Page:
blog2The first automated photo machines appeared at the World Fair in Paris in 1889 but they were not stand alone booths. The first modern machine, the way we think of them now, appeared on Broadway in New York City in 1925. The invention of Anatol Josepho, a Russian immigrant. Anatol called the machines ’Photomaton’ and charged 25 cents for 8 photographs. In the first six months after the booth was erected, it was used 280,000 times. Just 2 years later Anatol sold the rights to his Photomaton machines and they began to appear all over the world.

The 20th century saw the emergence of the traditional photo booth that most people are familiar with. Most of these booths contained a simple seat just big enough for one or two for posing, a curtain for privacy and a film camera that took a series of 3 to 8 photos, each preceded by a loud buzzing noise.

Film was typically developed in a few minutes after the shoot and was a process involving wet chemistry that took several minutes to complete. Classic style photos came in a row or strip of approximately 40 mm wide by 205 mm long and contained 4 poses.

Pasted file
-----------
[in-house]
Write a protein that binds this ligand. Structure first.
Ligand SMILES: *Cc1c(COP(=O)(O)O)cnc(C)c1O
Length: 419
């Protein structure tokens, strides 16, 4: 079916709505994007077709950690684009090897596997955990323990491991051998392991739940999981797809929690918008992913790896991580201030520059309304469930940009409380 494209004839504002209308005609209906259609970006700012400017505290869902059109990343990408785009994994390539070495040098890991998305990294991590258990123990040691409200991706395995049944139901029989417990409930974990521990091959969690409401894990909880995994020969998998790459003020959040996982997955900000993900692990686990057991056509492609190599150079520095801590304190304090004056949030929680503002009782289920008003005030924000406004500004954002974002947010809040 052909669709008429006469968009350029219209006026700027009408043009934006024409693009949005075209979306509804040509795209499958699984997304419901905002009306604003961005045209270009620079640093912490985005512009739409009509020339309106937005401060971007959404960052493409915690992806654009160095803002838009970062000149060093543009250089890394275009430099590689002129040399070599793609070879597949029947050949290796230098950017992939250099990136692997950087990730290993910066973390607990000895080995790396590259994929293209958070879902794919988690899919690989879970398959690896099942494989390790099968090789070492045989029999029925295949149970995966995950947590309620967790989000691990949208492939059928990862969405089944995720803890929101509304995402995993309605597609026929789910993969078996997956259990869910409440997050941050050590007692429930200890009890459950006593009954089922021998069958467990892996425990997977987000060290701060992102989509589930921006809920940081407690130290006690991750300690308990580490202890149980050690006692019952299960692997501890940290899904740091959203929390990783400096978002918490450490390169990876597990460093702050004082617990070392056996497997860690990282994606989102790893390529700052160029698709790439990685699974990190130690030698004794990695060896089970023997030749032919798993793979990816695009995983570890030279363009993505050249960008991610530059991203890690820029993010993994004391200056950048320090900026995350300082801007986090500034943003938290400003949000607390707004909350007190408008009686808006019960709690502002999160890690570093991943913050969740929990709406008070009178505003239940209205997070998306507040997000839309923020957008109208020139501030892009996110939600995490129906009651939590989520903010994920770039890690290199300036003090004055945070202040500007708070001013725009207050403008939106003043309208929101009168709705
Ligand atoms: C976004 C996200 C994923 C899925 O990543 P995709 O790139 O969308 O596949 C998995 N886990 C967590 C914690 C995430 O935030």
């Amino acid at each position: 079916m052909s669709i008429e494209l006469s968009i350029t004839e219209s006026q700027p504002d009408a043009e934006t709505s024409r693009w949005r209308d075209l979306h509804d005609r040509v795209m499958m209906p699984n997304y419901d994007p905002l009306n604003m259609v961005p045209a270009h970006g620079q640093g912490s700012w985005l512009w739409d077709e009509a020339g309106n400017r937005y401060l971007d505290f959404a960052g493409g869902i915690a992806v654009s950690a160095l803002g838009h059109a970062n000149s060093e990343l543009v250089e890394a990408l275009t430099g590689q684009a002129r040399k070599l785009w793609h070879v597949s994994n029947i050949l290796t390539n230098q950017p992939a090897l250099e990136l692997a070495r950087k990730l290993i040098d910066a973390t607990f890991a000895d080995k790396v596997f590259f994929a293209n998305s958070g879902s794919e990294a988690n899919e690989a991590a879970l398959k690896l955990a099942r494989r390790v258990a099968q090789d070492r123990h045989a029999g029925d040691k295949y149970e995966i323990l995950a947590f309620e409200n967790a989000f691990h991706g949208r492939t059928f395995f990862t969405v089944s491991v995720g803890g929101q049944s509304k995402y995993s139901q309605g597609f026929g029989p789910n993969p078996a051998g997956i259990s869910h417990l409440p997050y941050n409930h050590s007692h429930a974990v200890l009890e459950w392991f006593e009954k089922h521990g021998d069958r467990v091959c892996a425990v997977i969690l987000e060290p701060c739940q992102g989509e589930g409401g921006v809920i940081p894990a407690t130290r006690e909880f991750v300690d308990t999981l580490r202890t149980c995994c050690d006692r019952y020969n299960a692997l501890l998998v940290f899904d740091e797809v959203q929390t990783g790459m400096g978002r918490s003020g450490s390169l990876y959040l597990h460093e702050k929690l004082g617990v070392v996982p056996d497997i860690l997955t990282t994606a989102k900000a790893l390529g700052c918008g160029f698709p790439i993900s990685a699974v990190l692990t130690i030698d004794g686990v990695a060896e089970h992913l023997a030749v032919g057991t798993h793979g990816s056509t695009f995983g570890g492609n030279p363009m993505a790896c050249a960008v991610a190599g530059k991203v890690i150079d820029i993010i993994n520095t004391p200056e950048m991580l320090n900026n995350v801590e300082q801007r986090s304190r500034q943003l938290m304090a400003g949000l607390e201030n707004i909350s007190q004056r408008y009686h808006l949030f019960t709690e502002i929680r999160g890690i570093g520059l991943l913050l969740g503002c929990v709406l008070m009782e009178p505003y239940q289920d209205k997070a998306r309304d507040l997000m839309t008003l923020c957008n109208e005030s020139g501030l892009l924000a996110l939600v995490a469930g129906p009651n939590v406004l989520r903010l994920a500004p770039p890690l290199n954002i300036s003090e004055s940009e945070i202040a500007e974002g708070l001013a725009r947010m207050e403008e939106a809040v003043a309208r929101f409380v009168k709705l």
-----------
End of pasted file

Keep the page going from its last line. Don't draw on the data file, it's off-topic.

Photo booths have come quite a ways from the early machines of the 20th century. We’ve watched our prints become digitalized and seen develop times decrease to under 15 seconds. In fact, every aspect of the photo booth is now under computer control. Most offer users the choice of not only black and white or color, but also, postcards, stickers and other trendy items with decorative borders around the photo. As with most other important changes in our world, technology has spurred bigger, better and often easier products. As we look to the future, we can only imagine what the innovators of the next decade will have in store for our photo-crazed society. While we may not know what stands on the horizon for the photo booth, we will certainly be standing in line to try it out.

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